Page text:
No matter where you’re born, life can be unfair.
Certain things stand out more than others. The point of analyzing what’s unfair about life is to make you appreciate what you do have, more.
You’re less likely to walk around with a bazooka full of anger on your shoulder aimed at innocent victims when you appreciate your life is fairer than most.
If any of these cause aha-moments then I’ve succeeded.
The pain of uncommon natural disasters
In 1997, here in Australia, a natural disaster captivated hearts and minds for weeks. 3500 tonnes of rock and mud slid down a mountain where a small ski resort stood.
Two ski lodges got taken out by the landslide.
A young man named Stuart Diver miraculously stayed alive under the ruble while 18 others died instantly. In sub-zero temperature for more than 65 hours, he survived with nothing more than a blanket and snow jacket.
His wife wasn’t so lucky and died in the tragedy.
Bizarrely, Stuart didn’t abandon the scene of the accident. Still to this day he lives in the same small village in Thredbo. Once he got over his deceased wife he remarried again.
A stroke of bad luck led his second wife to be taken too soon. He nursed her at home while she fought breast cancer and eventually lost.
Nature can be unfair. It picks its victims randomly.
The relentlessness of coroni-rona
Lisa Finnegan loved her 84 year old father very much.
On January 26th 2021 he was booked in for his coroni jab in the arm. When the 22nd rolled around, he told her he had a cold. Lisa’s sister became suspicious and asked him to get a coroni-rona test.
It came back positive.
On the 6th of February the family had a Zoom call with him to see how he was doing. The intention was to temporarily say goodbye to him while he spent some time in ICU with coroni.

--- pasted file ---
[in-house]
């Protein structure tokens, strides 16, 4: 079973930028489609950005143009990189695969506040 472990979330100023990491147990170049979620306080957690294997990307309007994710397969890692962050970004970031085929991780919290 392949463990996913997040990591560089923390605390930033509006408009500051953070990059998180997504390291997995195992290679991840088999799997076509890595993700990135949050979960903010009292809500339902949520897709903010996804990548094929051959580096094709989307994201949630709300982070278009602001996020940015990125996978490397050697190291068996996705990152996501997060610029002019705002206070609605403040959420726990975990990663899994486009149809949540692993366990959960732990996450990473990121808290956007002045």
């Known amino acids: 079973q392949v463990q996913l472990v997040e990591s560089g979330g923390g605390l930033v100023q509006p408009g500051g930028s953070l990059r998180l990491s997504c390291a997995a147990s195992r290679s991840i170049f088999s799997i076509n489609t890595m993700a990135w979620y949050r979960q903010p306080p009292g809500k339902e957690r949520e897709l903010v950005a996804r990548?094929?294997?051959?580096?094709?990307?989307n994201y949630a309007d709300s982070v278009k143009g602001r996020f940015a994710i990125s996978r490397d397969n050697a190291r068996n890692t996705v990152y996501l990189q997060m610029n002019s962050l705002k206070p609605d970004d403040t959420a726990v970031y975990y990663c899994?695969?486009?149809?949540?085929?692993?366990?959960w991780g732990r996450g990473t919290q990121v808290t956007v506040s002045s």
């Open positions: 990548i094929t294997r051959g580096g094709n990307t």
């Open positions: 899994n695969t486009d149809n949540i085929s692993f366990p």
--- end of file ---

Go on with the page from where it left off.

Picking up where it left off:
This was the last time they got to see him.
He died from coroni on Valentine’s Day 2021.
Lisa still hasn’t been able to accept that if her father got his jab in the arm a few days sooner, he might have got coroni and survived like millions of others. The last time she saw her father in person was Thanksgiving 2018.
The famous phrase “I always thought that I’d see you again” falsely made her believe she didn’t need to rush to go see him.
See the people you love more often than you believe you should. They could leave this world earlier than you think and it’ll cause painful regrets.
Capturing a moment accidentally with a photo
Many of us walk around happily taking pictures of everything.
I know I’m guilty.
On February 21st 1970, a teenager named Keith ran away from home to avoid going to catholic school. He arrived at Sydney airport and found his way onto the tarmac.
He then crept up into the wheel arch of a plane about to take off. Like all planes, once in the sky, the wheel arch he was hiding in opened up so the wheels could retract.
It’s at this moment he fell from the sky and splattered all over the airport tarmac. Onlookers described the sight of his mangled body as gruesome.
Novice photographer John Gilpin was out taking random photos on the same day as the accident. He took photos of planes taking off. As a man that didn’t watch the news, he had no idea about the young boy’s death.
Only when he sat down to develop his photos did he realize he’d caught the whole incident of the boy falling from the sky on camera.
The photo has become one of the most famous in history.
It’s unfair a camera captured such a sad moment. Death is best left to the imagination of those who dare to think of it, not the sharp lens of a high-definition camera.
The hidden tax so many people pay
The fallout from the coroni disaster has begun.